Become a Member

Get access to more than 30 brands, premium video, exclusive content, events, mapping, and more.

Already have an account? Sign In

Become a Member

Get access to more than 30 brands, premium video, exclusive content, events, mapping, and more.

Already have an account? Sign In



High-Energy Food: Eat For The Long Haul

Enjoy all-day power by combining these 5 superfoods

Get full access to Outside Learn, our online education hub featuring in-depth fitness, nutrition, and adventure courses and more than 2,000 instructional videos when you sign up for Outside+ Sign up for Outside+ today.

You could sit around wishing you were one of those kinetic people with endless stamina on the trail–or you could eat your way to better endurance. Start by choosing energy-boosting foods and consuming them in power-maximizing combinations. “A combination of high carbohydrates, moderate protein, and low fats at each meal produces a higher energy level by stabilizing your blood sugar,” says Bob Seebohar, a sports nutritionist with the University of Florida who counsels endurance athletes. Seebohar recommends the following backpacker-friendly superfoods, and the recipes at right.

Dried fruit

The natural sugars in dried fruits work as fast-acting carbs–perfect for a boost at the bottom of a big hill. All varieties are jammed with nutrients, but plums are a standout with lots of fiber and antioxidants–compounds that boost the immune system, which can be compromised by endurance activities like 12-mile hikes.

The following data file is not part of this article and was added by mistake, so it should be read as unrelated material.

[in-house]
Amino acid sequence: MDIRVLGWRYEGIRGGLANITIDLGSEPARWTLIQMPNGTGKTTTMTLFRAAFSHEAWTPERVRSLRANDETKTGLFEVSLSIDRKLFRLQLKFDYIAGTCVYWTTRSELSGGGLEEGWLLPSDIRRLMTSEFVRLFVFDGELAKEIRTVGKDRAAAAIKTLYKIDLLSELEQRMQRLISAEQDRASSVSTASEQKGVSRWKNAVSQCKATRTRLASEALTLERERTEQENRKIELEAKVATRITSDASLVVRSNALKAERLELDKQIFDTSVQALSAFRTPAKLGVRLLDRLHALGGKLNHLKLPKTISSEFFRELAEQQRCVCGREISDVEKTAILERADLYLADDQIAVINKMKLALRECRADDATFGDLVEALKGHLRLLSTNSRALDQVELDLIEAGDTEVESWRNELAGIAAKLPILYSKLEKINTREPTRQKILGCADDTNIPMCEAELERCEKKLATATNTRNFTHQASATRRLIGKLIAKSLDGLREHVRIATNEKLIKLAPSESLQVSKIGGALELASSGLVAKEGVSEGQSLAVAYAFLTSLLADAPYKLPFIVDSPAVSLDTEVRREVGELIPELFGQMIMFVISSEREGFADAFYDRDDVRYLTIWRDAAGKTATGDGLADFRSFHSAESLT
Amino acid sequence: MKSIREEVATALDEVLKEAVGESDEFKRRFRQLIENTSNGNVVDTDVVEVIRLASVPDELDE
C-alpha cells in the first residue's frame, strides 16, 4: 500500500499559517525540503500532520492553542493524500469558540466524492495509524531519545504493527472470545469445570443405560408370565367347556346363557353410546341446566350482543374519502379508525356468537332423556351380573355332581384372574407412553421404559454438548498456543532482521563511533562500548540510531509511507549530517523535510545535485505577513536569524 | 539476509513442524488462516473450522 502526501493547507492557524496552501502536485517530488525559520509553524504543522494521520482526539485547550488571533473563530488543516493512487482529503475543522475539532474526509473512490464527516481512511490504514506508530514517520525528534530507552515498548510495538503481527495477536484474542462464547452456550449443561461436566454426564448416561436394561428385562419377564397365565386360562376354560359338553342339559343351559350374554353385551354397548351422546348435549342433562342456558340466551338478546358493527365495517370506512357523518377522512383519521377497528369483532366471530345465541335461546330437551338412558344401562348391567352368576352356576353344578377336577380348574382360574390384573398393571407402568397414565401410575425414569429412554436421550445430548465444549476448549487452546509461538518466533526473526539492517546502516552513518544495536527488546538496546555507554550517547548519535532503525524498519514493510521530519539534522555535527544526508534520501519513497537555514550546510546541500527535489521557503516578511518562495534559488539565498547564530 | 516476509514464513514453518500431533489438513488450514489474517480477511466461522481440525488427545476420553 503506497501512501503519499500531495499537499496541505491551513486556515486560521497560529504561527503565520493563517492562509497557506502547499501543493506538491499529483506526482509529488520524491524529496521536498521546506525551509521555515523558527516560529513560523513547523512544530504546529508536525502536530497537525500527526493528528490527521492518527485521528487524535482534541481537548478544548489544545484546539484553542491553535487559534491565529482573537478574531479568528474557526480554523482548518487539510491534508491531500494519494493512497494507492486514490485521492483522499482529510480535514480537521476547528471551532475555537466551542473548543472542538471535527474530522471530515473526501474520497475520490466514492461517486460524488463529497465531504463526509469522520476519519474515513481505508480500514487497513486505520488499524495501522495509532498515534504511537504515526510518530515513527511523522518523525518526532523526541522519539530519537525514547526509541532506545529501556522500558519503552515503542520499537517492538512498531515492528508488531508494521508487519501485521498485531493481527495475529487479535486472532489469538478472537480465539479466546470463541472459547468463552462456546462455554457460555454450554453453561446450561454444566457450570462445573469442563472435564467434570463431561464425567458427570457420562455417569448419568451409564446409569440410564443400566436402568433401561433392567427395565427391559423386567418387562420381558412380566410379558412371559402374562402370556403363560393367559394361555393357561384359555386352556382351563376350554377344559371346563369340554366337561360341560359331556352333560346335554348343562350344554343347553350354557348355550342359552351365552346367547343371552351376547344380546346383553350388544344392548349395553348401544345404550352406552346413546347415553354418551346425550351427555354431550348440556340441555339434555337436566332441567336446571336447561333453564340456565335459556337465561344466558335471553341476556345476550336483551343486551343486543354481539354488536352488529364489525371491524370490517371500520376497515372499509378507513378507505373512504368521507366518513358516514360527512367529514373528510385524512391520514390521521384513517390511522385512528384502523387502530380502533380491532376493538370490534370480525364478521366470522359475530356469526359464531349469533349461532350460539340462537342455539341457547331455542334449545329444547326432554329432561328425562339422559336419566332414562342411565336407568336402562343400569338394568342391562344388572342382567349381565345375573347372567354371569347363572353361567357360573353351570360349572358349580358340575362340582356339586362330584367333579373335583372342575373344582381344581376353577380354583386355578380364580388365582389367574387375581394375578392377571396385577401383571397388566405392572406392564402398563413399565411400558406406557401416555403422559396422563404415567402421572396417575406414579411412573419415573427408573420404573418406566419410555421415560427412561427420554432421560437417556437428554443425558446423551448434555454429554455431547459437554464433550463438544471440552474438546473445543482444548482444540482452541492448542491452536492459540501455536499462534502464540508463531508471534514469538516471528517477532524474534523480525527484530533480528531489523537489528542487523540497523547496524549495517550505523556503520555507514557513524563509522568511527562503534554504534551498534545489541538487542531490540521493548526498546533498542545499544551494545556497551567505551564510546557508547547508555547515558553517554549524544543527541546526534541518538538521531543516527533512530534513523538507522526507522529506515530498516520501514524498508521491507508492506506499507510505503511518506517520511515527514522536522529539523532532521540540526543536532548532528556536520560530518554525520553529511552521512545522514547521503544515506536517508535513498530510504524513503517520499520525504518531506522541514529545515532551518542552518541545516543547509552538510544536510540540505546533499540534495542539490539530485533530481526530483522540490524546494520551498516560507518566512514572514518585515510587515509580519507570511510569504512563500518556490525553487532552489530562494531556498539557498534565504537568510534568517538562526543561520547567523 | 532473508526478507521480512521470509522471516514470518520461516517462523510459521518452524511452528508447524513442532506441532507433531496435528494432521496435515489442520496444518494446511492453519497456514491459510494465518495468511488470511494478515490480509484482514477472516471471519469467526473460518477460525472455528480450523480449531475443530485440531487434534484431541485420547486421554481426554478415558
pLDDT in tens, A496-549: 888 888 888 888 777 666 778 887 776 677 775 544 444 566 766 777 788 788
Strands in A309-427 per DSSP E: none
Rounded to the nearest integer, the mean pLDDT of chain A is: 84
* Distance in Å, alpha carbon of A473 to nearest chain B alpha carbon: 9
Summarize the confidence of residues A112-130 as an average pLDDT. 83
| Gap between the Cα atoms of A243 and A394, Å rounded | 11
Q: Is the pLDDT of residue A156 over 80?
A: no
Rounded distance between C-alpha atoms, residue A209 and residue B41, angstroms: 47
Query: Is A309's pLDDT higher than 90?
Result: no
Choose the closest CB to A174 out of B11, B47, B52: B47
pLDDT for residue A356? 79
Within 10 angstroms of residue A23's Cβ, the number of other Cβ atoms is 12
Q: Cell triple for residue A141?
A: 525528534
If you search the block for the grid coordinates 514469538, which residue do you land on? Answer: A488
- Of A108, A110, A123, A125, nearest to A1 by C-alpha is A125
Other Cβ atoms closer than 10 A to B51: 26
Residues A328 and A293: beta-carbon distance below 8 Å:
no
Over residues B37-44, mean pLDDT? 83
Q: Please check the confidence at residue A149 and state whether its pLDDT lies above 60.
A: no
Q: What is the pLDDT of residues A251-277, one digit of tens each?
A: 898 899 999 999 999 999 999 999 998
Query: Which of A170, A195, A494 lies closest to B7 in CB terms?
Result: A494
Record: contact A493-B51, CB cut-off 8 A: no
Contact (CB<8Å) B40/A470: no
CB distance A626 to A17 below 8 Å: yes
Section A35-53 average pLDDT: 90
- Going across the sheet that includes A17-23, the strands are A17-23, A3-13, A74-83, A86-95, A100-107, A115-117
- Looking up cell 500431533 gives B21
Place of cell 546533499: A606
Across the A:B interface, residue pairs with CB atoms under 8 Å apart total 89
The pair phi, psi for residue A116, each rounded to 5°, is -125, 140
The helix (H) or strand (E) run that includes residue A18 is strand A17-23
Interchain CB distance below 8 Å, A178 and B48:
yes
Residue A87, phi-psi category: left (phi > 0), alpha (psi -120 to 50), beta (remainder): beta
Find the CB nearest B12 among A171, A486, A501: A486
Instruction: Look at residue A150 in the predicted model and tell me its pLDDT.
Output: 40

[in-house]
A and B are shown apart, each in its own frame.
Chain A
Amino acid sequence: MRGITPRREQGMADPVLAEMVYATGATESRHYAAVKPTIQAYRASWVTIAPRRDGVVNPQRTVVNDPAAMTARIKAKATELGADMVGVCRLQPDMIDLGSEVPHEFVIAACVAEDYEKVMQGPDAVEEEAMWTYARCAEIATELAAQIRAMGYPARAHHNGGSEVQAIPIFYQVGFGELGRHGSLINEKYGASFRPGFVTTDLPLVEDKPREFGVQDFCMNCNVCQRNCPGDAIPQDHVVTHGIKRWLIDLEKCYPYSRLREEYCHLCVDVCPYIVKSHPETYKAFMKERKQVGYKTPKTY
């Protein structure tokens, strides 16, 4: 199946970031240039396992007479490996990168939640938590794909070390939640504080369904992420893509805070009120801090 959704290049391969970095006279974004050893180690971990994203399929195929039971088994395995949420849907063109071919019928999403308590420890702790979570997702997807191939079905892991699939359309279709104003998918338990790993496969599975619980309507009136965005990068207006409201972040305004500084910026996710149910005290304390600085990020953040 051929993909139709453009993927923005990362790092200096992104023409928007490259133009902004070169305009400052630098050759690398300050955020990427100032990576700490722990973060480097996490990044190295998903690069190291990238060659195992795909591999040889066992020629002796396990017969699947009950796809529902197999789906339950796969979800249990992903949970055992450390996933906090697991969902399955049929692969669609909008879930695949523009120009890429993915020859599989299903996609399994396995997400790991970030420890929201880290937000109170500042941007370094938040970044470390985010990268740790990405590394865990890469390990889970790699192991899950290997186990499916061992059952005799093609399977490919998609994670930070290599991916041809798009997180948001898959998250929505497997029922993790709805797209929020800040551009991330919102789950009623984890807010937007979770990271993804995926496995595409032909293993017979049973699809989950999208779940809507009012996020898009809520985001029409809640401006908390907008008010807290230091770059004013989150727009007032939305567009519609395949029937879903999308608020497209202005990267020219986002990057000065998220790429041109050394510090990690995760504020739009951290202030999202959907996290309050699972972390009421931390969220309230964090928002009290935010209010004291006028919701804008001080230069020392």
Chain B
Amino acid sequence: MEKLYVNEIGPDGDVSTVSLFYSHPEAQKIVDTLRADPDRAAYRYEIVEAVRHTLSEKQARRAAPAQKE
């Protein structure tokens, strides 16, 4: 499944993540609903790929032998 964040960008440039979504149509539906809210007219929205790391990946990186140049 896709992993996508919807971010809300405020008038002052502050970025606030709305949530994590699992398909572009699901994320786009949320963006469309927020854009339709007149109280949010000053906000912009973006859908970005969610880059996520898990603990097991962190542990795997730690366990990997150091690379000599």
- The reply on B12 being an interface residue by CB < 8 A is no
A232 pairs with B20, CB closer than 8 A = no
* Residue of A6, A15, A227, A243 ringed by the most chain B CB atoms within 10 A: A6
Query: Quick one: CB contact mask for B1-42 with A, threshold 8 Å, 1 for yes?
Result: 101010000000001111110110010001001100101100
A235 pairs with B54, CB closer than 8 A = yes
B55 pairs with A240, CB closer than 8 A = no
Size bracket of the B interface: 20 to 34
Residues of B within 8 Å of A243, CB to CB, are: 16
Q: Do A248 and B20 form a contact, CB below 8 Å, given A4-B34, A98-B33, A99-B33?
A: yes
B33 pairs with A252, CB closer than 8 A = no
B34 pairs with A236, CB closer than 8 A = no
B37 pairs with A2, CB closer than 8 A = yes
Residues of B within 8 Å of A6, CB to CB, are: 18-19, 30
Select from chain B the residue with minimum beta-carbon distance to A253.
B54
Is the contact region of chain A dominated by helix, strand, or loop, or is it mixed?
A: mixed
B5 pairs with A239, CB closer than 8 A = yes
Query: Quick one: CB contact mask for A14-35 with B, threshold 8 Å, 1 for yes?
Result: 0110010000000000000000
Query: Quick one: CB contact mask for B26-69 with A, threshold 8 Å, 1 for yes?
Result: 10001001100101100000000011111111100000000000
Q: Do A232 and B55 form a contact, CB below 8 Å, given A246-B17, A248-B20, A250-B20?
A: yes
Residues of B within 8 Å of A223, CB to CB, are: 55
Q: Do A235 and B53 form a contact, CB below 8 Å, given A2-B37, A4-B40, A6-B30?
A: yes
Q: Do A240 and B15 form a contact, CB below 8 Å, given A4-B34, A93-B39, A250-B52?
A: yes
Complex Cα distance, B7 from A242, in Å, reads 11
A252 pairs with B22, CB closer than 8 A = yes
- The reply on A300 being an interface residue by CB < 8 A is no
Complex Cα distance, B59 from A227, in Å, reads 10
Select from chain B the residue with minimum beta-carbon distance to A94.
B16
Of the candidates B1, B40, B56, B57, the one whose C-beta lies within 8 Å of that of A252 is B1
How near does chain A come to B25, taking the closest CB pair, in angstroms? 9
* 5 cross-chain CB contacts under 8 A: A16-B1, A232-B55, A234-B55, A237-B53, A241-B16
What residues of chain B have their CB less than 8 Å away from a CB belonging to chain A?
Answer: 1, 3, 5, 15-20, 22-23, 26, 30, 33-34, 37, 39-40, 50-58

Combine carb-rich fruits with protein and fat for balance. Try sunflower seeds and chocolate-covered soy nuts.


Dense calories, protein, and a dose of healthy fat make nuts of all varieties nutritional powerhouses, with walnuts and almonds leading the pack. Walnuts are packed with antioxidants and heart-helping omega-3s, while almonds contain a significant amount of calcium and nearly as much potassium per 2-ounce serving as a medium banana.

Combine with carbs like raisins, pretzels, or pasta.


This staple of the endurance athlete is still a smart choice, but noodles made with whole grains or ground legumes pack a nutritional punch that puts their white-flour brethren to shame. Our heartiest and tastiest find is Barilla Plus; a quarter-pound serving of this penne, rotini, spaghetti, or elbow macaroni provides a whopping 20 grams of protein.

Combine with fat and protein from foods like nuts or hard sausage.


Pack jerky–beef, turkey, salmon–because it’s lightweight, edible on day 5, and loaded with protein (11 to 18 grams per serving for most brands). Its high sodium content also helps replenish salt lost through sweating. Salt is an important electrolyte that regulates your body’s fluids and keeps you from feeling sluggish.

Combine with fattier, high-carb foods such as cheese and crackers, tortillas, and grits.


Oats provide those slow-burning carbohydrates that make you feel full longer, stabilize blood sugar, and are known to reduce bad-cholesterol levels. Bypass those sugar-laden instant packets; instead, opt for unadorned rolled oats or steel-cut oats. McCann’s new Quick & Easy Steel Cut Irish Oatmeal cooks in 5 minutes instead of the usual 30.

Combine with your favorite varieties of nuts for protein and fat.

How to Pack for Backcountry Skiing

Get to know the winter safety gear you need in your pack.